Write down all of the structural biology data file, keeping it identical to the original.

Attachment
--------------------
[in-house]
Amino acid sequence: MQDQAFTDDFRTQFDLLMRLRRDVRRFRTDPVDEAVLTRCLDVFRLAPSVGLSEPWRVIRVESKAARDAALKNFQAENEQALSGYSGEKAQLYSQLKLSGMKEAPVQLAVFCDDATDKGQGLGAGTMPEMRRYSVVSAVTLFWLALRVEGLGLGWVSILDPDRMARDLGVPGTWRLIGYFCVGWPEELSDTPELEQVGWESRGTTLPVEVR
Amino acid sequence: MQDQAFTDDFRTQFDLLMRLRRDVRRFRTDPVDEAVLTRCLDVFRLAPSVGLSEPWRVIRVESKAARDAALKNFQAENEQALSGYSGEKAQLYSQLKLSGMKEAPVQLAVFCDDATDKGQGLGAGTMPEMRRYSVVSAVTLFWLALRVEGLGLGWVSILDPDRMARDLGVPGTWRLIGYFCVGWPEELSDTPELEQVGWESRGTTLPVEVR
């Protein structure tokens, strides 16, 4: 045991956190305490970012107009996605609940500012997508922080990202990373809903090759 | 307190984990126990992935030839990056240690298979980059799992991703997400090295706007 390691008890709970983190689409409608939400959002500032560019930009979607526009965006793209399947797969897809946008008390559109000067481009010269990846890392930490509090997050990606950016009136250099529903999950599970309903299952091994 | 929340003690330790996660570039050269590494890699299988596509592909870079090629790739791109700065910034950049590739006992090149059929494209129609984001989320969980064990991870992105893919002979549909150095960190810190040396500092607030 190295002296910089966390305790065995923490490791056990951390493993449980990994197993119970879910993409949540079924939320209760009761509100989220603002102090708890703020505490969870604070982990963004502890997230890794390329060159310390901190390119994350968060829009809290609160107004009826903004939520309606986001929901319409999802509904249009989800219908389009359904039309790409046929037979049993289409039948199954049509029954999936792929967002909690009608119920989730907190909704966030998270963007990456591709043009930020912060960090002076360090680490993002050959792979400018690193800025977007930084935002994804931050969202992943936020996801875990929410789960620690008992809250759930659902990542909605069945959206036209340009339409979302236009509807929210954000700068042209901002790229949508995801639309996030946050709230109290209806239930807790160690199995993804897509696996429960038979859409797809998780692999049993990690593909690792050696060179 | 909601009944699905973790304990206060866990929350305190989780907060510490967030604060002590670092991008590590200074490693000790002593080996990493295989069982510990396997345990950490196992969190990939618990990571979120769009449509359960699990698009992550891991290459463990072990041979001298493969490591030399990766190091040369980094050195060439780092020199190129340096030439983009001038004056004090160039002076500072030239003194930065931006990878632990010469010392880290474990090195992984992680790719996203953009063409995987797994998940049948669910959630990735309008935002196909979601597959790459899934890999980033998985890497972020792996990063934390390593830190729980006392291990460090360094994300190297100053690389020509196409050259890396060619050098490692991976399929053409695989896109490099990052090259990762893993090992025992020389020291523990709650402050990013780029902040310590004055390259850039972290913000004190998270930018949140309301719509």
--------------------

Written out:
[in-house]
Amino acid sequence: MQDQAFTDDFRTQFDLLMRLRRDVRRFRTDPVDEAVLTRCLDVFRLAPSVGLSEPWRVIRVESKAARDAALKNFQAENEQALSGYSGEKAQLYSQLKLSGMKEAPVQLAVFCDDATDKGQGLGAGTMPEMRRYSVVSAVTLFWLALRVEGLGLGWVSILDPDRMARDLGVPGTWRLIGYFCVGWPEELSDTPELEQVGWESRGTTLPVEVR
Amino acid sequence: MQDQAFTDDFRTQFDLLMRLRRDVRRFRTDPVDEAVLTRCLDVFRLAPSVGLSEPWRVIRVESKAARDAALKNFQAENEQALSGYSGEKAQLYSQLKLSGMKEAPVQLAVFCDDATDKGQGLGAGTMPEMRRYSVVSAVTLFWLALRVEGLGLGWVSILDPDRMARDLGVPGTWRLIGYFCVGWPEELSDTPELEQVGWESRGTTLPVEVR
């Protein structure tokens, strides 16, 4: 045991956190305490970012107009996605609940500012997508922080990202990373809903090759 | 307190984990126990992935030839990056240690298979980059799992991703997400090295706007 390691008890709970983190689409409608939400959002500032560019930009979607526009965006793209399947797969897809946008008390559109000067481009010269990846890392930490509090997050990606950016009136250099529903999950599970309903299952091994 | 929340003690330790996660570039050269590494890699299988596509592909870079090629790739791109700065910034950049590739006992090149059929494209129609984001989320969980064990991870992105893919002979549909150095960190810190040396500092607030 190295002296910089966390305790065995923490490791056990951390493993449980990994197993119970879910993409949540079924939320209760009761509100989220603002102090708890703020505490969870604070982990963004502890997230890794390329060159310390901190390119994350968060829009809290609160107004009826903004939520309606986001929901319409999802509904249009989800219908389009359904039309790409046929037979049993289409039948199954049509029954999936792929967002909690009608119920989730907190909704966030998270963007990456591709043009930020912060960090002076360090680490993002050959792979400018690193800025977007930084935002994804931050969202992943936020996801875990929410789960620690008992809250759930659902990542909605069945959206036209340009339409979302236009509807929210954000700068042209901002790229949508995801639309996030946050709230109290209806239930807790160690199995993804897509696996429960038979859409797809998780692999049993990690593909690792050696060179 | 909601009944699905973790304990206060866990929350305190989780907060510490967030604060002590670092991008590590200074490693000790002593080996990493295989069982510990396997345990950490196992969190990939618990990571979120769009449509359960699990698009992550891991290459463990072990041979001298493969490591030399990766190091040369980094050195060439780092020199190129340096030439983009001038004056004090160039002076500072030239003194930065931006990878632990010469010392880290474990090195992984992680790719996203953009063409995987797994998940049948669910959630990735309008935002196909979601597959790459899934890999980033998985890497972020792996990063934390390593830190729980006392291990460090360094994300190297100053690389020509196409050259890396060619050098490692991976399929053409695989896109490099990052090259990762893993090992025992020389020291523990709650402050990013780029902040310590004055390259850039972290913000004190998270930018949140309301719509």